Lesson Learned Statement:Lead is one of several heavy metals that present a hazard to workers at DOE facilities. Frequent exposure to levels above permissible limits can result in a body burden that can cause long term health problems.
Jobs that have the potential for creating airborne materials must be carefully analyzed to ensure adequate respiratory protection is provided to the workers. In the case at Hanford the powder actuated tool was evaluated purely for its physical hazards. No one had considered the fumes from the ignition of the gunpowder as a potential source of exposure.
The other two cases resulted from inaccurate estimates of the levels of dust that would be generated.
Discussion:SUMMARY: Several cases of unplanned exposures to airborne lead have occurred within the DOE complex recently. Since lead in elevated levels can be found in unexpected sources, extraordinary measures may be required to prevent overexposure.
DETAILS: INCIDENT #1: At Hanford, construction workers were remodeling a portion of a building in the 300 area that was thought to contain lead based paint. The job required anchoring metal track material to the mating surface with a gun-powder actuated tool.
During the pre-job safety analysis, a section of the mating surface was suspected as being covered with lead based paint. Even though the potential for airborne lead was negligible, control and monitoring requirements were established. The installation of the track material was completed without incident.
Approximately 3 days later the monitoring results came back indicating exposure levels of 2 1/2 times the Permissible Exposure Limit (PEL). A very thorough investigation was conducted and the source of the lead exposure was determined to be from the gun powder used in the loads for the powder actuated tool.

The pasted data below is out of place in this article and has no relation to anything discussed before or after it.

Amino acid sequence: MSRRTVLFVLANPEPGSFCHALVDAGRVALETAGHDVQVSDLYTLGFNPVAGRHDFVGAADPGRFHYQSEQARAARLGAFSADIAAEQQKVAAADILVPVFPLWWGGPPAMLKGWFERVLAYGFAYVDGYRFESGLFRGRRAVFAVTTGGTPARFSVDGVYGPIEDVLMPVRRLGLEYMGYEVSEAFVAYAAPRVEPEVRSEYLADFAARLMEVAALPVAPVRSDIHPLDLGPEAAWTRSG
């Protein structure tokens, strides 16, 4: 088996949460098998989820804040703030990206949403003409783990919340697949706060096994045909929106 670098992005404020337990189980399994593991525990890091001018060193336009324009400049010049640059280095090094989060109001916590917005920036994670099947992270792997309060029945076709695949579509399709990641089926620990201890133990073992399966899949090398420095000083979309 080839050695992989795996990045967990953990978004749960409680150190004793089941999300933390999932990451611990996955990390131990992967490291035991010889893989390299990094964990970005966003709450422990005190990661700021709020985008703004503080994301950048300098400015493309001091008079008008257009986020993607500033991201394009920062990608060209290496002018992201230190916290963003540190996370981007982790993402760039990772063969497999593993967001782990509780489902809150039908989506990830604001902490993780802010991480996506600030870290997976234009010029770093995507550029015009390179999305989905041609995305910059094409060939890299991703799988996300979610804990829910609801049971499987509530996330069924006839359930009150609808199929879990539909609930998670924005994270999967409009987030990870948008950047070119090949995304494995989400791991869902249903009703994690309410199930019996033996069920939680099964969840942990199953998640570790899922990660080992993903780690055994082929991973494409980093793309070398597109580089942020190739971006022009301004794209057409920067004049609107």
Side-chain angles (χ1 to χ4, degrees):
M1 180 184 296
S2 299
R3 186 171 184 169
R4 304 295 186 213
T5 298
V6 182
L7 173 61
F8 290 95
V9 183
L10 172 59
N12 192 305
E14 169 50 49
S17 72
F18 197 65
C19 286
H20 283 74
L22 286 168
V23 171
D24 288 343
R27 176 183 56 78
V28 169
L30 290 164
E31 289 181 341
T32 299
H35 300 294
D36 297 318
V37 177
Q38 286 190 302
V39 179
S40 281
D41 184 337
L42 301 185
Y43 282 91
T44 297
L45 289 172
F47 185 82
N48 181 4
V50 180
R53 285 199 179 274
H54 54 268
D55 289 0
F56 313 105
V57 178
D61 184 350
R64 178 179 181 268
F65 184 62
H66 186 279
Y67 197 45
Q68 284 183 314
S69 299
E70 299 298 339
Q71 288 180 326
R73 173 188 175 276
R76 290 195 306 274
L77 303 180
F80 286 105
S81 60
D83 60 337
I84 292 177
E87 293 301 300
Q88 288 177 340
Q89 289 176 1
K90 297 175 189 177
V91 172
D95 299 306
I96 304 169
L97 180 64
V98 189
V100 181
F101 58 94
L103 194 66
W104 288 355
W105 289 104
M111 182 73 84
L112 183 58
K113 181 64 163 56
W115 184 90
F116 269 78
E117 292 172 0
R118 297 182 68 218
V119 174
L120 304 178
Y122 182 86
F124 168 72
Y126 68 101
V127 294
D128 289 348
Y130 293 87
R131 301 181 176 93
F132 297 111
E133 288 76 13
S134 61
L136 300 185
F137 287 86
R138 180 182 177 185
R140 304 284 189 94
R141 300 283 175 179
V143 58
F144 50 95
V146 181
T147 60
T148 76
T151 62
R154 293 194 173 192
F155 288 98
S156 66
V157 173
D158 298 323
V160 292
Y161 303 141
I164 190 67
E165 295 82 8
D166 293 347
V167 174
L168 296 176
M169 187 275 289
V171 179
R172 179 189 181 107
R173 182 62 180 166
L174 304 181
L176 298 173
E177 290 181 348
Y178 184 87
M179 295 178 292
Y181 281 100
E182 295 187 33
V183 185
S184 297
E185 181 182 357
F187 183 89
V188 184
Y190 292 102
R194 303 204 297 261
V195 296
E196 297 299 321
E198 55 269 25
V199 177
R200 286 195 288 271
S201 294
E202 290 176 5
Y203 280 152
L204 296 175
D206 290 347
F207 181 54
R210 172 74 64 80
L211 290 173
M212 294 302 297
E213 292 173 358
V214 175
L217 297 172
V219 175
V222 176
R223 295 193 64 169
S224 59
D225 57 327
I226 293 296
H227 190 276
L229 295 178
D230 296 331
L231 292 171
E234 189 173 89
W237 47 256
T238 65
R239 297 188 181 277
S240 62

INCIDENT #2: In December 1994, workers at the Los Alamos National Laboratory were steel-shot blasting the inside of a water tank using respiratory equipment approved by Industrial Hygiene and Safety. The airborne lead dust levels were much higher than anticipated and the dust was much finer than anticipated. Subsequent blood analysis showed that six workers had elevated levels of lead in their blood and one showed symptoms of lead exposure.
INCIDENT #3: Workers at Fernald were exposed to lead on 4/3/95 while cleaning the pistol range even though they were wearing the prescribed protective equipment. They were required to wear full face respirators with HEPA cartridges and liquid resistant contamination clothing. All openings were taped shut to prevent skin exposure. Based on the results of breathing zone air samples, exposures of 4147.0 and 76.8 micrograms per cubic meter were calculated to two workers. The OSHA PEL for lead is 50 micrograms of lead per cubic meter.
Originator:Westinghouse Hanford Co.
Validator:J. C. Bickford, (509)373-7664
Contact:John Bickford; (509)373-7664 [Telephone], (509)373-6120 [FAX]
Name Of Authorized Derivative Classifier:Terry Vail, (509)373-2092
Name Of Reviewing Official:J. C. Bickford, (509)373-7664
Priority Descriptor:Yellow / Caution
References:OH-FN-FERM-FEMP-1995-0051 KEH Lessons Learned Memorandum dated April 20, 1995 ALO-LA-LANL-PHYSTECH-1995-0004
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DOE Function / Work Categories:Occupational Safety & Health - General
Hazard:Personal Injury / Exposure - Hazardous Material (General)
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